What Do You Think: Financially Sticking It To A Company

by Nicole · 7 comments

in Notes On Culture

As consumers, we now have a few venues to take out our frustrations with a company. We can tweet a complaint, to all our friends and directly to a company if we want. We can write on their Facebook wall, or reply to their latest newsletter. And of course, there are the traditional venues: writing a letter to the editor, calling customer service, or simply walking into the establishment and having an actual conversation.

Recently I’ve heard of a few ways people are financially ‘sticking it’ to companies in addition to or sometimes in place of complaining verbally.

My friend Nick sent me this link, which tells people how to mail heavy objects on the offending company’s dime in response to junk mail. In short, you tape a ‘no postage necessary if mailed in the United States’ envelope to the outside of a package filled with, say, bricks or something else heavy. Upon delivery, the company pays the postage. The website explains this is perfectly legal and the only way we will stop receiving junk mail.

Another person I ran into told me about his friend who Googles expensive keywords (I guess ‘pay day loans’ is one) and then clicks on the sponsored links of companies he doesn’t agree with, chuckling that he costs a sketchy business profiting off someone’s desperation for cash $10 for his click. (I tried to find a link for this idea but my brain doesn’t seem to be working well today.- If you have one, let me know and I’ll add it to here, and give you credit of course.)

In other words, we’ve gone from communicating to action, only some of these actions are costing the company we disagree with money.

While I do have a thing for great customer service and treating people well, I have a problem being outright mean. But are these practices mean, or sending that company a message that they don’t seem to be hearing verbally? Do people feel increasingly desperate in this economy and use these tactics to get some control back they feel they’ve lost? Am I too uptight?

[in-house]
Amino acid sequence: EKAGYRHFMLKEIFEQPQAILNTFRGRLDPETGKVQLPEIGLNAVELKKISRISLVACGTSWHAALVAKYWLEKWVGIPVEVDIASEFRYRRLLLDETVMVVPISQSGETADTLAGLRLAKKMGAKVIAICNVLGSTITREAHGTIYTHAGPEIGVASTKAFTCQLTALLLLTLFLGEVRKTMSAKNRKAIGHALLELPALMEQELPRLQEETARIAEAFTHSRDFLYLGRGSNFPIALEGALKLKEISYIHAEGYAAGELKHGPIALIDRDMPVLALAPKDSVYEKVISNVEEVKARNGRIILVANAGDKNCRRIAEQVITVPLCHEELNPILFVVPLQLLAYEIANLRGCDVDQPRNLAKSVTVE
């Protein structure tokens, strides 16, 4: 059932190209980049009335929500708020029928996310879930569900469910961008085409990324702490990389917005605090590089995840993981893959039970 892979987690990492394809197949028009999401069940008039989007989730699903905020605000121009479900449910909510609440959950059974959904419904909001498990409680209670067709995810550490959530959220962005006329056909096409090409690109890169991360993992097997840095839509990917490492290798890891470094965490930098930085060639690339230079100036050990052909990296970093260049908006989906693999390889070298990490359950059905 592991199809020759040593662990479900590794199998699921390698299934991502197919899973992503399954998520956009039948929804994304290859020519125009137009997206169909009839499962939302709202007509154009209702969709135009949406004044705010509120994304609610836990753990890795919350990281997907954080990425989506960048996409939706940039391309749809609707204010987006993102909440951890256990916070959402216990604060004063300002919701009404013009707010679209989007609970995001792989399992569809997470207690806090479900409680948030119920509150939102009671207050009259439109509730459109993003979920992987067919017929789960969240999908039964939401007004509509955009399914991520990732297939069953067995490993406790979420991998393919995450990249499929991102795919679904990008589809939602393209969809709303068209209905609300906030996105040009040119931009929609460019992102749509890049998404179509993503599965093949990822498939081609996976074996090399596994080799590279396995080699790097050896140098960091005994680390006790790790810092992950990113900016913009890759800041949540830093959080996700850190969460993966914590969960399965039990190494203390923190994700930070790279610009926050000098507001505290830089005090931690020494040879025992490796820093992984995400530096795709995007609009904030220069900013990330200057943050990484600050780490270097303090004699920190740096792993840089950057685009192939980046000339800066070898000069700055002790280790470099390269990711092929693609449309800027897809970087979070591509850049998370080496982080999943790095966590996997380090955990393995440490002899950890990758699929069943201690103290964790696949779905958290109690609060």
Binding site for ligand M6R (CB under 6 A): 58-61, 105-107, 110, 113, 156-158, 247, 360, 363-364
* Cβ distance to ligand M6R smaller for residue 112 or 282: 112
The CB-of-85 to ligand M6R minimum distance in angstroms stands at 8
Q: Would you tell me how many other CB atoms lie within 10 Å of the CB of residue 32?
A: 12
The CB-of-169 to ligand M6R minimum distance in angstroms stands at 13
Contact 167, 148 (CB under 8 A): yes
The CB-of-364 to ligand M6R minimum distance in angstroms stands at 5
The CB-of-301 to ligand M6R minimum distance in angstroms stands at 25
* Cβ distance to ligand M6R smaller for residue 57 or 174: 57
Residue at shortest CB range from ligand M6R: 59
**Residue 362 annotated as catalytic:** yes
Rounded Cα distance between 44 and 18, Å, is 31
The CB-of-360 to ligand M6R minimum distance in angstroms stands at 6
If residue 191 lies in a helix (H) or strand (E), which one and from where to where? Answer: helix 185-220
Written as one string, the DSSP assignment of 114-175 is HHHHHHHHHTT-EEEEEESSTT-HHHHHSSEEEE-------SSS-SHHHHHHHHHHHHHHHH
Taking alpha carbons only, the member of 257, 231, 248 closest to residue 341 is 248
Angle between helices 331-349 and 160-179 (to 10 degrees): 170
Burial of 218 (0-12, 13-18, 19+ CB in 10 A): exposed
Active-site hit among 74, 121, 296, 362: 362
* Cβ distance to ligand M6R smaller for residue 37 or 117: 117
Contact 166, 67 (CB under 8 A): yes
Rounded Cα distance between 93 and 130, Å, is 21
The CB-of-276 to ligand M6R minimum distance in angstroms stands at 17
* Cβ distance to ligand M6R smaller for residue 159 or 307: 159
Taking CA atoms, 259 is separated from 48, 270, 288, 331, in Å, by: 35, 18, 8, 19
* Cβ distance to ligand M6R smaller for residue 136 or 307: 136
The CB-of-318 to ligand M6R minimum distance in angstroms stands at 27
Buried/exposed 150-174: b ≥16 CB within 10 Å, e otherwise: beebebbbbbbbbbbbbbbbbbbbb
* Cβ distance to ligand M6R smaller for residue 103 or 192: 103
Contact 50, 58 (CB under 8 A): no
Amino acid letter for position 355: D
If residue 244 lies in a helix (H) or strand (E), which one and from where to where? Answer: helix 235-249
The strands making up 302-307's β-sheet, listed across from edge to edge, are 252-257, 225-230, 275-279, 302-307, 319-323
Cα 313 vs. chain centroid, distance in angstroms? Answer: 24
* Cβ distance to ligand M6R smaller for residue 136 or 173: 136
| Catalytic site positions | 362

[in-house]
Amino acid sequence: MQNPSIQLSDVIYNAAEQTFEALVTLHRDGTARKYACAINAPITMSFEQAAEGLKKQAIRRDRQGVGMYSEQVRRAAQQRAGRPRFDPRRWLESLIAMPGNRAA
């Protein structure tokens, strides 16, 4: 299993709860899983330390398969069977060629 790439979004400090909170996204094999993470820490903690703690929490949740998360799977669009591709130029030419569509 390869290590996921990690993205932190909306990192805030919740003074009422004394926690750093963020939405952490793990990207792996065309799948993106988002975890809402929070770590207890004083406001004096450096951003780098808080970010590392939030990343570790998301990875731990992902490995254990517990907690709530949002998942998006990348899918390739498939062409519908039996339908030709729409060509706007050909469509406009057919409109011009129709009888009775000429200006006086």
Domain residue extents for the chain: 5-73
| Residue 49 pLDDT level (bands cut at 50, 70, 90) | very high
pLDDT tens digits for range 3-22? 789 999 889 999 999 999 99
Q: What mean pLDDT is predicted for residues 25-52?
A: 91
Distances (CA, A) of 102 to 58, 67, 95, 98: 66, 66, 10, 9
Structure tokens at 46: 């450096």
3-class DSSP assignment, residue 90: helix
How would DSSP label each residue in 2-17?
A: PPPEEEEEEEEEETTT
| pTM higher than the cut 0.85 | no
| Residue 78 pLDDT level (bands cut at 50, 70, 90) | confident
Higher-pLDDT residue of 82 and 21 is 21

So I’d love to know: Heard of other ways people are making companies financially pay for bad behavior? Do you think these practices are ethical?


1 Kayla K at Kayla K's Thrifty Ways April 15, 2010

I don’t have enough time and energy to be mean to companies. Just sort the mail over your recycling bin and get your name off junk mail lists. I don’t feel like companies are mean to me, just a little annoying.
.-= Kayla K at Kayla K’s Thrifty Ways´s last blog ..Frugal (Re)Fashion =-.

2 Tina@ www.commoncent April 16, 2010

I believe a "lesson" is only learned if it is clear what the lesson is. I'm not sure that any big company will learn a lesson from having their links clicked, and mailing packages seems like an outright mean prank. Pretty sure that two wrongs still don't make a right! I try to teach my kids not to be mean to another kid just because the other kid is mean first, in my opinion adopting some of these "stick it to em" practices would make me a hypocrite. Just my two cents! 🙂
.-= Tina@ http://www.commoncentshome.blogspot.com´s last blog ..Homemade Grape Jelly =-.

3 Whitney April 16, 2010

I don’t think it’s ethical to mail something like that back to a company. It may be legal, but that doesn’t make it right. The intent is clearly to pay for something much lighter. They have the right to solicit you (most of the time) and you have every right to avoid such solicitation (including a phone call to get off their list, getting on the no-contact list, or my favorite method, simply tossing it in the trash. Really, how hard is that?

4 mb April 16, 2010

Um, taping that prepaid postage label on a new package is not perfectly legal. It’s either theft or fraud. Your friend should be careful! I always mark junk mail return to sender and tell them to remove the address from their lists. If they will not, I file a prohibitory mailing order (who is the US postal service to say that LA Fitness add isn’t sexually titillating to you?). Beyond that, it’s fairly hard to waste a company’s money (and I am one to mail packages from work or at least I was back when Americans had jobs). Perhaps you can make tiny purchases on the credit card that charges the highest merchant fee as a percent of the total (American Express). You can buy things and return them, which results in longer lines, destroyed merchandise that can’t be resold as new…it’s all passive aggressive.

5 used cell phone April 16, 2010

what i want to say is if a company is sending u junk mails then sort the mail over your recycling bin and get your name off junk mail lists.

6 Nicole April 16, 2010

I just feel like I’m hearing more about this stuff. I get how consumers feel more empowered, which is great on a lot of levels, but as a business owner myself, I feel like someone being outright mean to me seems counterproductive.

7 Abigail April 16, 2010

It’s not only wrong — vote with your dollar not with sneaky habits — but it’s kind of pointless. All this does is raise costs for the company, which passes it on to consumers. So these people are essentially just hurting other consumers.
.-= Abigail´s last blog ..Freebie Friday =-.

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